Featured post

7 Life Lessons: A Letter to My Students

Graduations remind me of diving boards: parents and teachers become spectators, waiting to see each student jump, spring, and dive into ...

Tuesday, 11 June 2013

The Key to Success = Sustained effort over time

Yesterday,  when I handed back essays to my grade 7 students, I happened to overhear the following conversation between two kids.
Student 1: Oh no. I worked so hard on this paper, and I still got a lousy grade.
Student 2: Really? I barely worked on this paper, but I did very well.

My first reaction was to feel really bad. It seemed very unfair to me that a student who worked very hard did less well than a student who had not worked very hard. It made me feel as though the grades that these students received validated their innate ability as opposed to the effort they put into their paper.

On second thought though, I realized that these students were comparing the effort that they had put into this one individual assignment; they were viewing their performance on this assignment in isolation. In English, and I would say in any endeavor, no assignment can be viewed completely in isolation. Student 1 may have worked hard on this particular paper, but she barely reads, and her work ethic all year has been spotty and inconsistent. In contrast, student 2 may have dashed off this paper at the last minute, but she is a voracious reader, and she has worked hard all year.

If student 1 did badly despite effort on this assignment, it is less a function of her lack of ability than her lack of sustained effort all year. Had she immersed herself in books and language all year, she would have gained the vocabulary and skills necessary to write a better paper. In contrast, because student 2 worked hard all year, she had honed her skills to the point where she could dash off a solid paper at the last minute.

My point here is that often what students and teachers attribute to innate ability is actually more a function of sustained effort over time. A kid who has been reading voraciously since she was very young has honed and refined her abilities to the point where things now come easily to her. In contrast, a kid who has barely read anything in elementary and middle school is going to struggle with assignments in later years, and often he will feel as though his efforts are futile. What students need to know is that their performance on any one individual assignment is the result of their work ethic and effort over time.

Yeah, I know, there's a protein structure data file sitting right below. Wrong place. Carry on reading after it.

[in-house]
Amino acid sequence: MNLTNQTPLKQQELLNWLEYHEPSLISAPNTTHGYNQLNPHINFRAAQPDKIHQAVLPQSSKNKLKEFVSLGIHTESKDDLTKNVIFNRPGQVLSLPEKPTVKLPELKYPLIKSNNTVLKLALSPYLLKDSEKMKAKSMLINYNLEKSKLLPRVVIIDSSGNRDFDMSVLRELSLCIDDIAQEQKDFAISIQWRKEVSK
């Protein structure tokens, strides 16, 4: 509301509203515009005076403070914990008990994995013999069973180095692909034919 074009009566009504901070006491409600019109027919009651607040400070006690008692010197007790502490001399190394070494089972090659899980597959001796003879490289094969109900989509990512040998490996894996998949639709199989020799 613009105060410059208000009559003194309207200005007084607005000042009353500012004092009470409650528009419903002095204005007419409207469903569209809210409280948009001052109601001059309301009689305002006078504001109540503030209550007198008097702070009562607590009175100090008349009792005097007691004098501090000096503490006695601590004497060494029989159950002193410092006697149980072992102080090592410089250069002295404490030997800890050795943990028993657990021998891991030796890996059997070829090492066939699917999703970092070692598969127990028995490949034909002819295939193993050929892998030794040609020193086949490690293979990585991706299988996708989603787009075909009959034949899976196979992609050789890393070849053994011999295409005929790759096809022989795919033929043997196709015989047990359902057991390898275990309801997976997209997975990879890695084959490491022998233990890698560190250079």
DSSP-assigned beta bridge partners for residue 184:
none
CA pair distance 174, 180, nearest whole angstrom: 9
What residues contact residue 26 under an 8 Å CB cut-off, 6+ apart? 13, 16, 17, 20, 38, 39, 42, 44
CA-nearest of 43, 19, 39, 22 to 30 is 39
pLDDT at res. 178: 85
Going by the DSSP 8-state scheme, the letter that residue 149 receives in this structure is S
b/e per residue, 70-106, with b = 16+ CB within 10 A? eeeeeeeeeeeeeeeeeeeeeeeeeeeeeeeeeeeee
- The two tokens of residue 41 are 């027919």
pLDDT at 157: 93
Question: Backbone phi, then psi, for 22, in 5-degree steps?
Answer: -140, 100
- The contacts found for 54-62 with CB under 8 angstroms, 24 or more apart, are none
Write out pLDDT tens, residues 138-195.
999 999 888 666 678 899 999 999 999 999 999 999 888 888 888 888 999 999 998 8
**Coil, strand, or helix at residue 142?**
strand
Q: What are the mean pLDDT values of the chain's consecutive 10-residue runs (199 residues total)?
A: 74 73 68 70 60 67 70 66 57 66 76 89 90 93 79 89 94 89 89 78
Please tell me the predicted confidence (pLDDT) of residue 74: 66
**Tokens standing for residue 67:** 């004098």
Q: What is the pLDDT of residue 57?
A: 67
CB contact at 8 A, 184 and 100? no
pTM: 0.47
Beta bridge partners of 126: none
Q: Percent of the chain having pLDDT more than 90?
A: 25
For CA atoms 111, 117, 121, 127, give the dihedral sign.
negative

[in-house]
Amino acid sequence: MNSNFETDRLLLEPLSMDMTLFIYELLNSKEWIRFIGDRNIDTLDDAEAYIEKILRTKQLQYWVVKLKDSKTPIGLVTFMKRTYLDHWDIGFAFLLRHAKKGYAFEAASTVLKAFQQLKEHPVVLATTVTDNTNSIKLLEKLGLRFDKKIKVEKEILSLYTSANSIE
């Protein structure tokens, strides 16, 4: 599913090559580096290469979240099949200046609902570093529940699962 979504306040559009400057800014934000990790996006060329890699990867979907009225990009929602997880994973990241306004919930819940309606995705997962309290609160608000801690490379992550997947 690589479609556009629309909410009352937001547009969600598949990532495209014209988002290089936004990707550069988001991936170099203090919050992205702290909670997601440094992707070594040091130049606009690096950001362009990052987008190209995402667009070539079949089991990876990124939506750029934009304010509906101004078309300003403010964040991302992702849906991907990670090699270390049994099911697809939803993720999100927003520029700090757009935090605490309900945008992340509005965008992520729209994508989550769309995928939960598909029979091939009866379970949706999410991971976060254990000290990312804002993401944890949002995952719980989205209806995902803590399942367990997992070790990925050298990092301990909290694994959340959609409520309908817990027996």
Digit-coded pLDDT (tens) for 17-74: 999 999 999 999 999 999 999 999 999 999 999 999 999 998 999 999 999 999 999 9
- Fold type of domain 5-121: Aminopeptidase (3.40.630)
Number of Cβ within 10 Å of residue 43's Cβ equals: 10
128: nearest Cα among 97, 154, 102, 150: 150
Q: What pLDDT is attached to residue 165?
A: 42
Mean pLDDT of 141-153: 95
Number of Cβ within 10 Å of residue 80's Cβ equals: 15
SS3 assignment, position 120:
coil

On a related note, I recently read an article on the importance of third grade precisely because it is the point in a student's academic career when the Mathew effect begins to kick in. In other words, from third grade on, kids who work hard get better and better, and kids who don't begin a downward spiral where they fall further and further behind. The discrepancy between strong and weak students gets wider and wider as a result. Because of the Mathew effect, a student who has worked hard for years may very well end up getting a better grade with far less effort than one who has only now started to work hard; what we think of as ability is actually the product of sustained work over time.  Why Third Grade is so important is interesting because it documents a very real phenomenon that continues through school.

No comments:

Post a Comment